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The case against David DeJesus

Should David DeJesus's option have been picked up?

DeJesus reacts to a strikeout in the ALDS
DeJesus reacts to a strikeout in the ALDS
Kim Klement-USA TODAY Sports

Unless the Rays intend to trade David DeJesus, picking up his option was an extremely strange move for the Rays. DeJesus may seem like a solid platoon player, but a closer look reveals that his value is overstated. Since everyone knows that DeJesus isn't going to face left handed pitching, it would be a waste of time to detail his considerable struggles in that area.

First, consider the cost: Six and a half million dollars for a platoon player?

It's worth noting that it is pointless to consider the buyout as a cost of not retaining DeJesus's services, as that cost became a sunk cost when the Rays acquired DeJesus. The Rays need to decide on a partner for DeJesus, a player who will increase the real cost of the DeJesus contract.

The opportunity cost of the signing is not five million dollars in lost payroll, but a decrease in the Rays' flexibility in upgrading and retooling other areas of the roster. The Rays are now dedicated to carrying two role players for one position. Not only this offseason, but for years to come: two years guaranteed, and another year's option.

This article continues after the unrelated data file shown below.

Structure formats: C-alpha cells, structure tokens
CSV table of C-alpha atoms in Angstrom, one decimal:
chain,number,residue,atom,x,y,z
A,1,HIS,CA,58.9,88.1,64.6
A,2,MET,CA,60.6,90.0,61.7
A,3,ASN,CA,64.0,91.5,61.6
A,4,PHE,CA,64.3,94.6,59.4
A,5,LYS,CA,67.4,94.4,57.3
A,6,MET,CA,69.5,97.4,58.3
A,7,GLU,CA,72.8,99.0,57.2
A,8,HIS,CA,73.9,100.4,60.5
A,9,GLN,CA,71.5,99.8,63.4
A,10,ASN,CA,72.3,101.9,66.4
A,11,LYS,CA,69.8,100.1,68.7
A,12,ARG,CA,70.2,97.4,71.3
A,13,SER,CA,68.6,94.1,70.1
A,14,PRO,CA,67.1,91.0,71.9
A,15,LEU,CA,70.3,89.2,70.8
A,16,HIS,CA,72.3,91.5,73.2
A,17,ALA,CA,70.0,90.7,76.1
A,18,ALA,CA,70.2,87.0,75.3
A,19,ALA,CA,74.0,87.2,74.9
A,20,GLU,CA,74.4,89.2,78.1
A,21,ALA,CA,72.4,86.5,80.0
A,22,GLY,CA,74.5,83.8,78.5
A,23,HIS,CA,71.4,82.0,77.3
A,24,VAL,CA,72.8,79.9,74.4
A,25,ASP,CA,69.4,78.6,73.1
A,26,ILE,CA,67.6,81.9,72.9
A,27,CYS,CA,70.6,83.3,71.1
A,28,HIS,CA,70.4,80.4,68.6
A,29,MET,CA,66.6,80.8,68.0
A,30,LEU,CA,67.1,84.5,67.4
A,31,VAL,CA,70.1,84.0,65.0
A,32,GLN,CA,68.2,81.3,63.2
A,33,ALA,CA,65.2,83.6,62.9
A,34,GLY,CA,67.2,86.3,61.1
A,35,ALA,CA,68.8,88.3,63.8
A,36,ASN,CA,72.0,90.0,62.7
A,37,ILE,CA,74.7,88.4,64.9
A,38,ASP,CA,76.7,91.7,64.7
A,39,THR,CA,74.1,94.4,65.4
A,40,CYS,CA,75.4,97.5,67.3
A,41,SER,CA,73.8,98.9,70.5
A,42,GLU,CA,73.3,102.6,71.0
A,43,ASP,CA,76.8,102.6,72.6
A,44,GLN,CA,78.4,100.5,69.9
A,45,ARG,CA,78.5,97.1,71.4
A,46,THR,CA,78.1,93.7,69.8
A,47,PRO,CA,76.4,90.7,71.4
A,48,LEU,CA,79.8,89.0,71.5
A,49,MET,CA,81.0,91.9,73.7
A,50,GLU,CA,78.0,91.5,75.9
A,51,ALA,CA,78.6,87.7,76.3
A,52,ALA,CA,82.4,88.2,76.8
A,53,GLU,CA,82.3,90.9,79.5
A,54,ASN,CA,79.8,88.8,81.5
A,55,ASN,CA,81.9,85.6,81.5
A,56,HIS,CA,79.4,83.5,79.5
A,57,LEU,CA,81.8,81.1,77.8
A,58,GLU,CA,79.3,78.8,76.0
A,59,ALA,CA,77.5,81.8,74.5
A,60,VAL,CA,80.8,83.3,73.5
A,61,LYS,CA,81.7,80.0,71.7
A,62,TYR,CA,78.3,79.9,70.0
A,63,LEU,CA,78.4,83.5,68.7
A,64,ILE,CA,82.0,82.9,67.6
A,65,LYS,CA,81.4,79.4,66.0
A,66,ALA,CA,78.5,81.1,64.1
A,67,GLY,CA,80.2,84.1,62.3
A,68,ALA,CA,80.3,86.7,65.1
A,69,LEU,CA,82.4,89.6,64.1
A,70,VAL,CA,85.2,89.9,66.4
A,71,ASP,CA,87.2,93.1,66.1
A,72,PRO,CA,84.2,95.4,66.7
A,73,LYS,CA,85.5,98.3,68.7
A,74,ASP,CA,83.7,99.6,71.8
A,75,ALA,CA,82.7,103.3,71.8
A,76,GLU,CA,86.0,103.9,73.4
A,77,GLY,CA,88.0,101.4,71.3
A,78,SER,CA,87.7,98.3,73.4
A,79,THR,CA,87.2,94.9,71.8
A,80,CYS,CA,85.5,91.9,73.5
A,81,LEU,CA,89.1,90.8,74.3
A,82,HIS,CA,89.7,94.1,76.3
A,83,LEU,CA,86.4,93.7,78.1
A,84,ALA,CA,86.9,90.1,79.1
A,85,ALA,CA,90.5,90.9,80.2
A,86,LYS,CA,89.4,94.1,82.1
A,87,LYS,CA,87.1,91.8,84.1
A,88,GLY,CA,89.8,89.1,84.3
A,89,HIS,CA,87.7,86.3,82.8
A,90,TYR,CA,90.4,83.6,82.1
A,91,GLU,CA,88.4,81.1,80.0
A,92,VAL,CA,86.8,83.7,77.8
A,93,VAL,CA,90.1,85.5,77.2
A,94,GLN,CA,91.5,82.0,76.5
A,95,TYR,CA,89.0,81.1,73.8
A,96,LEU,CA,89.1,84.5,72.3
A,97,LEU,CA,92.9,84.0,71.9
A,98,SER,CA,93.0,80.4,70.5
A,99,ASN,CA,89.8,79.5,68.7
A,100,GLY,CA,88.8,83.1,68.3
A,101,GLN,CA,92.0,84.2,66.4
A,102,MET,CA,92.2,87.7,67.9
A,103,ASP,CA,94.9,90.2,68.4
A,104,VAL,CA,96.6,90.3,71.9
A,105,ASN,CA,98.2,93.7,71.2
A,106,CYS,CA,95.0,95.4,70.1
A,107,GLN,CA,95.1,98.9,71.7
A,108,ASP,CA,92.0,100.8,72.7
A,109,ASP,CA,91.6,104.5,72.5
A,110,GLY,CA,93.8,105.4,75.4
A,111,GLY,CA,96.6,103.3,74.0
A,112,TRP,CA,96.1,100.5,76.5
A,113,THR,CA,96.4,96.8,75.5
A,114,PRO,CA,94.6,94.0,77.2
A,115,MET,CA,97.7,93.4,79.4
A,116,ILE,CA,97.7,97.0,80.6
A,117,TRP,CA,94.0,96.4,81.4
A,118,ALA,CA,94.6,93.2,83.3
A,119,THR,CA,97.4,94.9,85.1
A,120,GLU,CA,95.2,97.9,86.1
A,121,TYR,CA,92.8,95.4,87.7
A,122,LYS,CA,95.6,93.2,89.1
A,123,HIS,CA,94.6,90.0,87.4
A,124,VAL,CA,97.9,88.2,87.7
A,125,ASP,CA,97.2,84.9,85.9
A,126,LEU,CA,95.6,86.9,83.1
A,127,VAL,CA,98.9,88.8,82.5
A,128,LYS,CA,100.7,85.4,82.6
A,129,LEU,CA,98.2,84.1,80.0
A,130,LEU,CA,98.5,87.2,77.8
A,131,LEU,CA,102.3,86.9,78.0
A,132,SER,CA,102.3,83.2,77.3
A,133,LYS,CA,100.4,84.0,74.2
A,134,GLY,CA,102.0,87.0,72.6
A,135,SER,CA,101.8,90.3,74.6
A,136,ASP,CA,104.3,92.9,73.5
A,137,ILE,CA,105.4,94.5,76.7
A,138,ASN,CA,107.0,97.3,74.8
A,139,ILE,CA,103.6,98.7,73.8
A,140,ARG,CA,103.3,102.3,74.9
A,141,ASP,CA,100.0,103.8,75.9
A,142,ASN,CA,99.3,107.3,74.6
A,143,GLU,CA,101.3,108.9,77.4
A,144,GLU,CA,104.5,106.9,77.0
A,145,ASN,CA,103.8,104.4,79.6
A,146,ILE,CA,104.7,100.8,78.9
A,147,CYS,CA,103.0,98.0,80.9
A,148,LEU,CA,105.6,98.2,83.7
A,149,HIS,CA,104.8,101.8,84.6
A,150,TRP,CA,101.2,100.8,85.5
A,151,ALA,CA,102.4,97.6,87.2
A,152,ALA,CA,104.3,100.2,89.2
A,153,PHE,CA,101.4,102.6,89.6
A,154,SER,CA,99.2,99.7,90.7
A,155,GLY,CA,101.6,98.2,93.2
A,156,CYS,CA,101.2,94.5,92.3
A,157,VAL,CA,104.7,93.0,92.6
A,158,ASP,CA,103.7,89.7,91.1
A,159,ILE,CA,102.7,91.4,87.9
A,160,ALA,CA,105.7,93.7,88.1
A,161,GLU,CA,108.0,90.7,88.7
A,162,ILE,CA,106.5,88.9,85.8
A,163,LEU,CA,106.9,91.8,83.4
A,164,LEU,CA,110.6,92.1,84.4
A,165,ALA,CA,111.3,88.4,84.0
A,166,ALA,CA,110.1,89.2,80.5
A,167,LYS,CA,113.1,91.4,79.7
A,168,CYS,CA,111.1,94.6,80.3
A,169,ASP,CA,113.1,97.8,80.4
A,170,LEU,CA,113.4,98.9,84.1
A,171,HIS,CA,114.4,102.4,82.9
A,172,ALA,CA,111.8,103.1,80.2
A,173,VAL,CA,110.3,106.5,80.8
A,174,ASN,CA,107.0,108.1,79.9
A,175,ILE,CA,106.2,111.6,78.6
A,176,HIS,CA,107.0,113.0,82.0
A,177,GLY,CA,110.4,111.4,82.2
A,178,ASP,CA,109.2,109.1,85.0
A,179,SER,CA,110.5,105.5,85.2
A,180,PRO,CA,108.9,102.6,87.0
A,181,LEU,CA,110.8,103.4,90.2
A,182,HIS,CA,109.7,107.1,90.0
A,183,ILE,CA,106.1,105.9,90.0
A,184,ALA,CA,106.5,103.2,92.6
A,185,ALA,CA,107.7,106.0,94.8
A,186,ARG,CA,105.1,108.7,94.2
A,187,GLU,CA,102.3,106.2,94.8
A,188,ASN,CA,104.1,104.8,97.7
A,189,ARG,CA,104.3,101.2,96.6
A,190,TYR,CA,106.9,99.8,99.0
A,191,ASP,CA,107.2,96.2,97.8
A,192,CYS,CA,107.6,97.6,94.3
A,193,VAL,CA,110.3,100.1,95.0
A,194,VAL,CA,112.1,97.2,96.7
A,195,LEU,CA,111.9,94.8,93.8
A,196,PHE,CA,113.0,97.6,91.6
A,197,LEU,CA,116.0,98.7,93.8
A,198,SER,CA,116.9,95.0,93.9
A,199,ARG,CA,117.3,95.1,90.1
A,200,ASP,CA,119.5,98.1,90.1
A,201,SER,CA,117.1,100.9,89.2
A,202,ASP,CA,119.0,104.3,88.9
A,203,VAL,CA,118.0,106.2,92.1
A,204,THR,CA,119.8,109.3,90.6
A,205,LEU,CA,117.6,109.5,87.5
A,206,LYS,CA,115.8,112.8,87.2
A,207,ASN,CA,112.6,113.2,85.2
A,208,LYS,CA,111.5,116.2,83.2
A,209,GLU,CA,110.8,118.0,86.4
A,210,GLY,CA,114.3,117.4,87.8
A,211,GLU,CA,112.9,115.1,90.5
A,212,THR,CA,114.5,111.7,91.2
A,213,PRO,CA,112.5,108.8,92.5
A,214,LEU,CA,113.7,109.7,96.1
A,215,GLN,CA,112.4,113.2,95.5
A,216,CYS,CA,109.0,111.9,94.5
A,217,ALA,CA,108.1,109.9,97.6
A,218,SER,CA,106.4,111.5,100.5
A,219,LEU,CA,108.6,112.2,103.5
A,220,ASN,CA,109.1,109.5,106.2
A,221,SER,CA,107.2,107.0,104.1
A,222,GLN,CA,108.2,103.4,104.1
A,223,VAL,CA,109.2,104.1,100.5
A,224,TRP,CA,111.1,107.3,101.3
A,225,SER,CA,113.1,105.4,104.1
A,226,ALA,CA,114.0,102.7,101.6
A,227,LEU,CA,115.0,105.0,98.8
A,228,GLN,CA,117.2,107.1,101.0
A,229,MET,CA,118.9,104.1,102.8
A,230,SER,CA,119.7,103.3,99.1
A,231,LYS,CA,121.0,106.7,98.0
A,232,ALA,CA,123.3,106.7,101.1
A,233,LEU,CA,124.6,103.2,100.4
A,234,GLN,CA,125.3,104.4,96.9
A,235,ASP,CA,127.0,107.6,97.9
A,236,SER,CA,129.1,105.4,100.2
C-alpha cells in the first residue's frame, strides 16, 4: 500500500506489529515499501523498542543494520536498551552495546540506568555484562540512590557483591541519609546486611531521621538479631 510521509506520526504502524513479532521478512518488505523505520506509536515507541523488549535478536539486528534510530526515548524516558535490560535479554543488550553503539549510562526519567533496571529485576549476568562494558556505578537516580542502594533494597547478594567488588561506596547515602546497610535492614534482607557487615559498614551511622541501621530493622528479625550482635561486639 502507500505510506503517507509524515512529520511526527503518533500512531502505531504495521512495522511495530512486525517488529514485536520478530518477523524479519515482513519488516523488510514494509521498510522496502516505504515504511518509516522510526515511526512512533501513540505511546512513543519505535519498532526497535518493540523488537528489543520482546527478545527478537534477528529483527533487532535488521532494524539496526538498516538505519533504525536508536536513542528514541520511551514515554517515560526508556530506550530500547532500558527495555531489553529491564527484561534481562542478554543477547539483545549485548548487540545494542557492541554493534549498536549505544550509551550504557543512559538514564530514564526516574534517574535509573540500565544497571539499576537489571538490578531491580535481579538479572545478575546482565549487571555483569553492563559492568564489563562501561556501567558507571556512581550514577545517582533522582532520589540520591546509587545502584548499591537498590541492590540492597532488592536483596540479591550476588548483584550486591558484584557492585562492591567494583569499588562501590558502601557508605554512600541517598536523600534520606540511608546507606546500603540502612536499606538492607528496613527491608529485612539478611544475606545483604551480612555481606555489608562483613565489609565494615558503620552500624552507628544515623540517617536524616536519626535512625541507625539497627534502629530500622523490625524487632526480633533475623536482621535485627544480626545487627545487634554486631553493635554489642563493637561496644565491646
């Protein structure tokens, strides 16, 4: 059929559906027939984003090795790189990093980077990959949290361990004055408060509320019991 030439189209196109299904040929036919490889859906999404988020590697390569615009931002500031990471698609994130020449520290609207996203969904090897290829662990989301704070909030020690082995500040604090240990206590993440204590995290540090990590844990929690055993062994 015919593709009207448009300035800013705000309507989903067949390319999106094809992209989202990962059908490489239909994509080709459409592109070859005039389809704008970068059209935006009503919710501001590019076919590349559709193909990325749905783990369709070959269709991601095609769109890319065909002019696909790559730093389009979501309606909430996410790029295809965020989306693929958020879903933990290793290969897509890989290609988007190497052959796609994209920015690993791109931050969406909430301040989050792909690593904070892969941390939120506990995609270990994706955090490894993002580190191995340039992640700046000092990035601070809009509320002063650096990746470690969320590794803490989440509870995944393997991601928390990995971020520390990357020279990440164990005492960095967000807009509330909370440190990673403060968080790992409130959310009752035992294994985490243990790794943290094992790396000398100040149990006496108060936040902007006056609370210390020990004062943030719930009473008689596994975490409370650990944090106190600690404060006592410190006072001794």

David DeJesus is an extremely limited player, with limitations that extend beyond his inability to hit left handed pitching. His ability to grade out averagely defensive is doubtful by the readily available metrics, as he racked up a lackluster -3 Defensive Runs Saved in his time with the Rays at the end of last season.

In terms of WAR, his entire offensive contribution was offset by his defensive "shortcomings" during his time with the Rays. Granted, it is unlikely that he would be that bad for an entire season and he did manage to post a 1.5 total WAR with his three teams last season.

Perhaps the fact that he played for three teams contributed to his struggles, but it seems unlikely that he will bounce back in a significant way in 2014, or exceed two wins in value.

Photo credit: Mike Ehrmann/Getty Images

While DeJesus struggles in the field may be a mirage, his baserunning is a true liability.

For his 11 year career, DeJesus has attempted 120 stolen bases, converting on only 63 of those attempts. He has total -5 Runs From Baserunning for his career, indicating that this is an area of his game that he has struggled with for his entire career and is unlikely to improve now. Although the Rays have recently run circles around opponents, baserunning was an area that the Rays went into the offseason looking to improve.

Picking up DeJesus does not help team speed and may discourage quick free agents like Rajai Davis or Nate McLouth from signing into a suddenly crowded outfield. Additionally, spelling Desmond Jennings with DeJesus will rob the Rays of their only threat on the base-paths.

It's also unlikely to expect improvement from DeJesus as he falls on the wrong side on the aging curve. He's 34 right now and will be 37 at the end of three years, the full length of his contract. It's not reasonable to expect improvements in either his defense or baserunning at this stage of his career.

As nice as 2.3 WAR from the DeJesus and Rodriguez (or his replacement) sounds, I'm not optimistic of the feasibility of this projection. I remain hopeful that DeJesus can rebound on defense (and possibly be average on the bases, after all, he isn't slow) and contribute at a high level over the next several years.

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